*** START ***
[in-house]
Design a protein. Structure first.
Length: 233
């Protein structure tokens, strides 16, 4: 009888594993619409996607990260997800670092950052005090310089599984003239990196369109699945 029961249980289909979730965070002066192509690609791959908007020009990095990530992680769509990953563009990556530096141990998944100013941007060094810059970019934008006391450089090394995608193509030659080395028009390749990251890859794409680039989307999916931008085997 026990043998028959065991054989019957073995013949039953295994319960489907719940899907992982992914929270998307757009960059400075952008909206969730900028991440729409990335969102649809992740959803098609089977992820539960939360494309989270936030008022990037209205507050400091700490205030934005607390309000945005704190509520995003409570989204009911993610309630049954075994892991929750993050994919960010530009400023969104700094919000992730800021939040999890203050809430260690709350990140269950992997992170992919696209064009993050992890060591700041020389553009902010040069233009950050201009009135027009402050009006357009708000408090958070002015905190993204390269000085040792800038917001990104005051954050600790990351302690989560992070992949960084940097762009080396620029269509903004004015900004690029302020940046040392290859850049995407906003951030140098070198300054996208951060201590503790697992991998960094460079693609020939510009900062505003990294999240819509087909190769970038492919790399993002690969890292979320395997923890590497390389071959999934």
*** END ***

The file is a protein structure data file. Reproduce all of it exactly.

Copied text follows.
[in-house]
Design a protein. Structure first.
Length: 233
């Protein structure tokens, strides 16, 4: 009888594993619409996607990260997800670092950052005090310089599984003239990196369109699945 029961249980289909979730965070002066192509690609791959908007020009990095990530992680769509990953563009990556530096141990998944100013941007060094810059970019934008006391450089090394995608193509030659080395028009390749990251890859794409680039989307999916931008085997 026990043998028959065991054989019957073995013949039953295994319960489907719940899907992982992914929270998307757009960059400075952008909206969730900028991440729409990335969102649809992740959803098609089977992820539960939360494309989270936030008022990037209205507050400091700490205030934005607390309000945005704190509520995003409570989204009911993610309630049954075994892991929750993050994919960010530009400023969104700094919000992730800021939040999890203050809430260690709350990140269950992997992170992919696209064009993050992890060591700041020389553009902010040069233009950050201009009135027009402050009006357009708000408090958070002015905190993204390269000085040792800038917001990104005051954050600790990351302690989560992070992949960084940097762009080396620029269509903004004015900004690029302020940046040392290859850049995407906003951030140098070198300054996208951060201590503790697992991998960094460079693609020939510009900062505003990294999240819509087909190769970038492919790399993002690969890292979320395997923890590497390389071959999934």